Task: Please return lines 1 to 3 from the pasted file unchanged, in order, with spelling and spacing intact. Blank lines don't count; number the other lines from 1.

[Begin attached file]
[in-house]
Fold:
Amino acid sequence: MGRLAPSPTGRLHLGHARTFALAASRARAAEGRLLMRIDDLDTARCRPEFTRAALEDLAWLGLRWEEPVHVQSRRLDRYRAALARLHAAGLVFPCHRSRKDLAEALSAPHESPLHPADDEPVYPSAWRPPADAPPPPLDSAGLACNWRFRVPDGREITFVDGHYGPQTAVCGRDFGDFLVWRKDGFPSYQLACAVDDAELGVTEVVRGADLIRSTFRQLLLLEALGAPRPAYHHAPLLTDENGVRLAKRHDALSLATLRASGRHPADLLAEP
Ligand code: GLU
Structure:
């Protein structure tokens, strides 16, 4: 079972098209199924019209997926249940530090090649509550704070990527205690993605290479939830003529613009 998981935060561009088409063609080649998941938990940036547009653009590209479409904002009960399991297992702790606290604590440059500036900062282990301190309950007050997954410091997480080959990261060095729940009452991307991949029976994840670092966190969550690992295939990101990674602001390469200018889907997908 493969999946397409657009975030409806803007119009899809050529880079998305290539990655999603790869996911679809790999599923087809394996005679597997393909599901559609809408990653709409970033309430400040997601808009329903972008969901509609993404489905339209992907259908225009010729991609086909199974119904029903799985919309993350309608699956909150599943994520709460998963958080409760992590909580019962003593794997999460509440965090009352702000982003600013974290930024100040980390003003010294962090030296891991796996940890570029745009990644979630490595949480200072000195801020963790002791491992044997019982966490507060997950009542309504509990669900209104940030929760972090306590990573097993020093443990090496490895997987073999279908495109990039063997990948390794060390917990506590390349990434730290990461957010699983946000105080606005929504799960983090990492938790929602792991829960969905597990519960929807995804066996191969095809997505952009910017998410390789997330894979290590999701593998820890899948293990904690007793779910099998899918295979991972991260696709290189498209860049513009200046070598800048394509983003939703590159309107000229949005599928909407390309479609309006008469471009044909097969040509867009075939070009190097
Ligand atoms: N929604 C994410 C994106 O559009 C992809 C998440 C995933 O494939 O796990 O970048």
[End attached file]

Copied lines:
[in-house]
Fold:
Amino acid sequence: MGRLAPSPTGRLHLGHARTFALAASRARAAEGRLLMRIDDLDTARCRPEFTRAALEDLAWLGLRWEEPVHVQSRRLDRYRAALARLHAAGLVFPCHRSRKDLAEALSAPHESPLHPADDEPVYPSAWRPPADAPPPPLDSAGLACNWRFRVPDGREITFVDGHYGPQTAVCGRDFGDFLVWRKDGFPSYQLACAVDDAELGVTEVVRGADLIRSTFRQLLLLEALGAPRPAYHHAPLLTDENGVRLAKRHDALSLATLRASGRHPADLLAEP